What To Do With a Subpoena?

Getting served with a subpoena is not anyone’s idea of fun. We know. But getting served with a subpoena does not necessarily need to be as stomach-churning as it might be if you keep the following points in mind.

What’s a Subpoena?

A subpoena (pronounced “suh-pee-nuh”) is simply a court-ordered request for the production of documents (“Records Subpoena”) and/or a request for a personal appearance in a deposition or a court (“Appearance Subpoena”). Subpoenas are typically issued to non-parties when a lawsuit is pending and when one party seeks the testimony and/or documentary evidence that it believes a non-party can offer.

Subpoenas can request records and your personal appearance; subpoena types can be combined.

What To Do With a Subpoena?

Once you get a subpoena, what should you do? Several things:

  • Pause and Breathe—Take a moment to stop the frantic mental chatter that you feel when a subpoena lands on your desk. It’s okay to feel that surge of franticness when you’re served with the subpoena. But don’t let it control you.
  • Resolve Not to Ignore the Subpoena—After you are served with a subpoena, you must make a conscious effort not to brush it aside. Ignoring the subpoena wouldn’t make things better and could make things much worse. Subpoenas are court-ordered. This means that a court can impose monetary sanctions (or worse) against you for disobeying the subpoena.
  • Determine If the Deadline(s) Set in the Subpoena Work for You—Subpoenaing parties often unilaterally set deadlines for the production of documents or an in-person appearance. Often times those deadlines are negotiable with the subpoenaing party. So, check your calendar. You may not need to cancel or postpone a pre-planned event.
  • Understand What the Subpoena Seeks—After determining whether the subpoena’s purported deadlines work for you, try to understand what the subpoenaing party wants from you. This information should be contained in the subpoena—or attached as an addendum. Does the subpoenaing party want to depose you in person? Copies of the contracts you executed? Copies of your job license? The possibilities here are virtually limitless but understanding what exactly the subpoenaing party seeks can potentially avoid needless anxiety. Too often, clients call us in an agitated state, assuming—without good reason—that a subpoena seeks far more information than it really does. Not every subpoena requires you to divulge the entire history of your life or business.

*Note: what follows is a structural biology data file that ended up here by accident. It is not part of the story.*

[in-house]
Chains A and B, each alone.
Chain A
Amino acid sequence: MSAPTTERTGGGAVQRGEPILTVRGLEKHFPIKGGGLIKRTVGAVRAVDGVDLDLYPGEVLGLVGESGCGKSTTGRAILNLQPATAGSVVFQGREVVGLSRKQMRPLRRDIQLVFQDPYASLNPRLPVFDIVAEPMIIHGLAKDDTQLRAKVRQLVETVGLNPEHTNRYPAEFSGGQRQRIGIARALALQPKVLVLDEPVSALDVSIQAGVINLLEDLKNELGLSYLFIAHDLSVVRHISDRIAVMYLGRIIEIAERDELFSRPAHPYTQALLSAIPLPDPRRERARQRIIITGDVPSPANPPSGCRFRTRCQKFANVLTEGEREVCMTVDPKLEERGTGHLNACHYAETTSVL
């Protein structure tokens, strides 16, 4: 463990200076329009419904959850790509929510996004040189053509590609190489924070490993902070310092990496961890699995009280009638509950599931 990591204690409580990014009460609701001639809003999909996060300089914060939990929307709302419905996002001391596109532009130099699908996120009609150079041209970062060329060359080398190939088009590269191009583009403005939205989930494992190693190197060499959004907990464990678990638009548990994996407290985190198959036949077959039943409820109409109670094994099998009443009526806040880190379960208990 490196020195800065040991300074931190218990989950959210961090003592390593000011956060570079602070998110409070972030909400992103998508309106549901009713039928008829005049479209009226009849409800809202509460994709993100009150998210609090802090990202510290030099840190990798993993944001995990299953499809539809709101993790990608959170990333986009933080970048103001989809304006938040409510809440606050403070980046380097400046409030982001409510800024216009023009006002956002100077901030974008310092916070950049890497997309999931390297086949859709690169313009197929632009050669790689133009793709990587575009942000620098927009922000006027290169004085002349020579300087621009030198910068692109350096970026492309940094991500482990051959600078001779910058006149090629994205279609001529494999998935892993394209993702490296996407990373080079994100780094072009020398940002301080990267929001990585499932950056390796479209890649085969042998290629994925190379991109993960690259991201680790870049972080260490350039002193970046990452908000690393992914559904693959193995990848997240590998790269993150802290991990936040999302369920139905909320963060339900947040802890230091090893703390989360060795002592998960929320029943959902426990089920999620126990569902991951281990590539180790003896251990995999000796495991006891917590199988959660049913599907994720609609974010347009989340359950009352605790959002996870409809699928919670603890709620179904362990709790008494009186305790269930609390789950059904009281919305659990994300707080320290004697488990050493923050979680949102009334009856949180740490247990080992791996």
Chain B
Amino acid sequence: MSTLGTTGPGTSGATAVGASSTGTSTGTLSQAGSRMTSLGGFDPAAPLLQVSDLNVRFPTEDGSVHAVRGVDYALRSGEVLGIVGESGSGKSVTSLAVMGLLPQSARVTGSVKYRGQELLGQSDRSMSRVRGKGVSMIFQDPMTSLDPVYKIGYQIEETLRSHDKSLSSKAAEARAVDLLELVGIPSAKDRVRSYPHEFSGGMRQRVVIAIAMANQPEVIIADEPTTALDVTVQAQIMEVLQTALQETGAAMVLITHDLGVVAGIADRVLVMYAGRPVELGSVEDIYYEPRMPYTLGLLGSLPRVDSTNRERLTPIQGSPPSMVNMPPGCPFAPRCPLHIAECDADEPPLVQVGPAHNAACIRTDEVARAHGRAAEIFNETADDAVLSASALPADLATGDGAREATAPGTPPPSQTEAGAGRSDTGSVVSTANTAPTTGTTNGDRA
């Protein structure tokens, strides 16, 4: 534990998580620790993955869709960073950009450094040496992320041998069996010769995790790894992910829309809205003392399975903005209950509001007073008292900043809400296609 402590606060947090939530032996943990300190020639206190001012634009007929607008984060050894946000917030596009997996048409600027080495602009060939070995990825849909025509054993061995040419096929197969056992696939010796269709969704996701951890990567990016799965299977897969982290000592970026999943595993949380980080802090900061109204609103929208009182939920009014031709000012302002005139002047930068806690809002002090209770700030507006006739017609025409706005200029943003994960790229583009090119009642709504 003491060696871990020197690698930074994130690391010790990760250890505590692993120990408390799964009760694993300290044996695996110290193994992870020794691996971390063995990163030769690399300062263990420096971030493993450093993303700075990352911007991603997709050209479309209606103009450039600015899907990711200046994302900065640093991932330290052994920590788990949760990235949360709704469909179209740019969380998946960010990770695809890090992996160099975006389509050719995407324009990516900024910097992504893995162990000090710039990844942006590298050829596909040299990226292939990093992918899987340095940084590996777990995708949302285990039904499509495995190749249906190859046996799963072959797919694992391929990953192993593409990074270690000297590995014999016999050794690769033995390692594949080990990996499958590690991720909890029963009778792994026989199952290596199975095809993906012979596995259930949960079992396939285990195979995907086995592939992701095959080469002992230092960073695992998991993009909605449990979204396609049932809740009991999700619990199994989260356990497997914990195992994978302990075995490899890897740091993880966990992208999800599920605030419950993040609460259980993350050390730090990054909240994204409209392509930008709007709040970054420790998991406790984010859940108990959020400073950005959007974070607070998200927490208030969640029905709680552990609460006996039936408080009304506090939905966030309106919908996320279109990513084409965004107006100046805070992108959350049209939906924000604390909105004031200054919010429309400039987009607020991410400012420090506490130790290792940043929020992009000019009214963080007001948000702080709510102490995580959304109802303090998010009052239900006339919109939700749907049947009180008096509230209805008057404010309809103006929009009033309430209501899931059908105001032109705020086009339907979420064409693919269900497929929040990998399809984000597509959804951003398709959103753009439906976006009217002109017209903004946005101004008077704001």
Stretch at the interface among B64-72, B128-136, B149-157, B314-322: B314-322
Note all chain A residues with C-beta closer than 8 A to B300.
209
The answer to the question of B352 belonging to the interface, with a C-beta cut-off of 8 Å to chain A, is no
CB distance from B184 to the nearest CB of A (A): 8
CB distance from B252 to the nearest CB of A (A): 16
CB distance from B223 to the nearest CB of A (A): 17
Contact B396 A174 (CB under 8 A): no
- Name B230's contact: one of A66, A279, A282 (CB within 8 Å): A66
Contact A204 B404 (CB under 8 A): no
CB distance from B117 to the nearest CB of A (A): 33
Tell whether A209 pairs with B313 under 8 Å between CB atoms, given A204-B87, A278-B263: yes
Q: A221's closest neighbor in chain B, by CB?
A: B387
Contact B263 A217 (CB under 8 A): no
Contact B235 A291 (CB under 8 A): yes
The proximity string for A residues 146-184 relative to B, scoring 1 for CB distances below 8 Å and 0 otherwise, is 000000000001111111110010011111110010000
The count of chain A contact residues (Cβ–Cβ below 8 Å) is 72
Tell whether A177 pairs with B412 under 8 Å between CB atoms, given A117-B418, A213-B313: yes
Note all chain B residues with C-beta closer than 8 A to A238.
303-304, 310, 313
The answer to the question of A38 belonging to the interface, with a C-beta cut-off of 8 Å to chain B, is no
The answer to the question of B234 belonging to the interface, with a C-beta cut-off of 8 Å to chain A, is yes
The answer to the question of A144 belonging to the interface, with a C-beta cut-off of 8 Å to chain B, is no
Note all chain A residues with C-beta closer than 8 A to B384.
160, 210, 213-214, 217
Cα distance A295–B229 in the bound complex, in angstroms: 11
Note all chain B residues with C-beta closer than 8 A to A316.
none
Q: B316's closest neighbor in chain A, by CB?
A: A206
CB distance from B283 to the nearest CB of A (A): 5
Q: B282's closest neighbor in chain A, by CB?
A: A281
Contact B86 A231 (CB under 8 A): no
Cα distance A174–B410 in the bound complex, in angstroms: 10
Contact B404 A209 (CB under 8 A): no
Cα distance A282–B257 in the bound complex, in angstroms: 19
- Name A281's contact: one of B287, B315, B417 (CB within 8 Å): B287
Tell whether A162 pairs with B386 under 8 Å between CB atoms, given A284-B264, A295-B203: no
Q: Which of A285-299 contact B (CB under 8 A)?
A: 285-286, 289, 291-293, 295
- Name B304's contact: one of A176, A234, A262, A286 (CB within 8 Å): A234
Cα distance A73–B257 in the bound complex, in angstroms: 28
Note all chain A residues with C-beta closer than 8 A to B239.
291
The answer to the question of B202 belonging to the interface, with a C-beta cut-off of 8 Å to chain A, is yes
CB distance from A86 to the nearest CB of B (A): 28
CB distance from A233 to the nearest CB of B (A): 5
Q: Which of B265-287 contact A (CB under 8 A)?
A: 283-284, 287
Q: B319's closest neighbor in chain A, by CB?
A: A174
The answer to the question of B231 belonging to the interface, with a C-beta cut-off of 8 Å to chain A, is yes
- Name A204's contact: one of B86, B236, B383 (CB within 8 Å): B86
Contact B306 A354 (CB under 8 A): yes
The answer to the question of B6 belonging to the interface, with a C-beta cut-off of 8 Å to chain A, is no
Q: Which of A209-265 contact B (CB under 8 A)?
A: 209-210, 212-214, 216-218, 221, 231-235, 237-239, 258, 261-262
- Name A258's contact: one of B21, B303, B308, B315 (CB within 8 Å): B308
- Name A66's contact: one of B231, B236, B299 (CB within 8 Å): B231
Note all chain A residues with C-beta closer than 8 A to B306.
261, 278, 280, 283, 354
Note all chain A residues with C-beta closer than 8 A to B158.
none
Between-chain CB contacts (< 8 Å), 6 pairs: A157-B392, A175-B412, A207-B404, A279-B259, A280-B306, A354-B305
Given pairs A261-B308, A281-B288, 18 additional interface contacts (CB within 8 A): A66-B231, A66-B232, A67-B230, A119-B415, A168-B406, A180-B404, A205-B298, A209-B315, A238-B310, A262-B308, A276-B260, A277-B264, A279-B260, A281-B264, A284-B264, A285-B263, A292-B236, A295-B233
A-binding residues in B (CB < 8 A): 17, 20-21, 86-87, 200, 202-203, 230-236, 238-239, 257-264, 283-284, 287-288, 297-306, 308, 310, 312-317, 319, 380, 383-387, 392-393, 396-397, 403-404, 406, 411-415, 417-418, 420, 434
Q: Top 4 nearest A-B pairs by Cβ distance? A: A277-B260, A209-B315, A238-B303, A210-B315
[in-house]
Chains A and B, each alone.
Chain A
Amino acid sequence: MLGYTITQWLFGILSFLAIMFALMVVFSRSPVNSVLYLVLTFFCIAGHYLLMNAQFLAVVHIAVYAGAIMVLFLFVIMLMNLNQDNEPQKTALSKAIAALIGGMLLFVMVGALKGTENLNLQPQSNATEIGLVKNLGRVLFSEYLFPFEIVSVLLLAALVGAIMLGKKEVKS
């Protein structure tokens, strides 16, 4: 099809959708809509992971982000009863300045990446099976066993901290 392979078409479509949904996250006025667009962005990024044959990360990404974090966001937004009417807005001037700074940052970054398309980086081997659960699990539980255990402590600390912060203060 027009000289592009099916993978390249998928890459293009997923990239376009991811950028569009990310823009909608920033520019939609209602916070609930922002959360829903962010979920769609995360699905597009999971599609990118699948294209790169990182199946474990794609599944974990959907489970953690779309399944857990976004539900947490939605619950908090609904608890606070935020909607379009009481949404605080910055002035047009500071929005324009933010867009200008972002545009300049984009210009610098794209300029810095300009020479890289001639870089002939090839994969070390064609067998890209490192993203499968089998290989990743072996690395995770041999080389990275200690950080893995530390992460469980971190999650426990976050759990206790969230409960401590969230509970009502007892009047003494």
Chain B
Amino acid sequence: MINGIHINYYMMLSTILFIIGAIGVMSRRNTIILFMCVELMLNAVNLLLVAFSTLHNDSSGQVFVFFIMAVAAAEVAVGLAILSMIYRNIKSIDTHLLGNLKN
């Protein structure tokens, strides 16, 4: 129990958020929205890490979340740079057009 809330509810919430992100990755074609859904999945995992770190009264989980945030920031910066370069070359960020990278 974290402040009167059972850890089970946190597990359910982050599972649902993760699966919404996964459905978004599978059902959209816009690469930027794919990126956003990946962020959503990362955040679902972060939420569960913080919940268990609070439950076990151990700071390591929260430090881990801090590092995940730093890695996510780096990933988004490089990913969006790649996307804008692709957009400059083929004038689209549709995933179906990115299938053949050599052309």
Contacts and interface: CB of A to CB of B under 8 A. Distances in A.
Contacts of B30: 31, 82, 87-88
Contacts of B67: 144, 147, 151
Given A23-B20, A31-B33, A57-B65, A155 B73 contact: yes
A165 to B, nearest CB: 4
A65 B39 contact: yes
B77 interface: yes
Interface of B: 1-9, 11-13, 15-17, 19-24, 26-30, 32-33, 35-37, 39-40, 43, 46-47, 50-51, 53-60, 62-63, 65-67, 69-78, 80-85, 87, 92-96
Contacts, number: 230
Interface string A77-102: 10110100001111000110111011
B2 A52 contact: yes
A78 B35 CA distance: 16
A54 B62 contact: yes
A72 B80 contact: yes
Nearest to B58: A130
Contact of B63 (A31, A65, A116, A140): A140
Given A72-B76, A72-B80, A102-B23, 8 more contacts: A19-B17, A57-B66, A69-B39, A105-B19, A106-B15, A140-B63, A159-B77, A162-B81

• Determine If You Can Comply With the Subpoena’s Request(s)—Next, take a few moments to determine if you can even comply with the subpoena’s request(s). Sometimes a subpoena will demand that you essentially do the impossible, such as produce documents that you never had, that never existed, or that do not currently exist. That is because subpoenaing parties often take a throw-everything-at-the-wall-and-see-what-sticks approach when issuing subpoenas. If you can’t do what the subpoena asks you to do, do not panic. Take note of that fact. No judge will require you to do the impossible.
  • Contact Counsel—Finally, contact counsel. Counsel can determine if it can object to your subpoena on procedural and/or substantive grounds, negotiate reductions in the subpoena’s scope, or seek judicial intervention if needed to protect your interests.

If you need assistance to further understand how this impacts you or your business, please contact us at info@mnklawyers.com.

This material is provided for informational purposes only. It is not intended to constitute legal advice, nor does it create a client-lawyer relationship between MNK Law and any recipient. Recipients should consult with counsel before taking any actions based on the information contained within this material.

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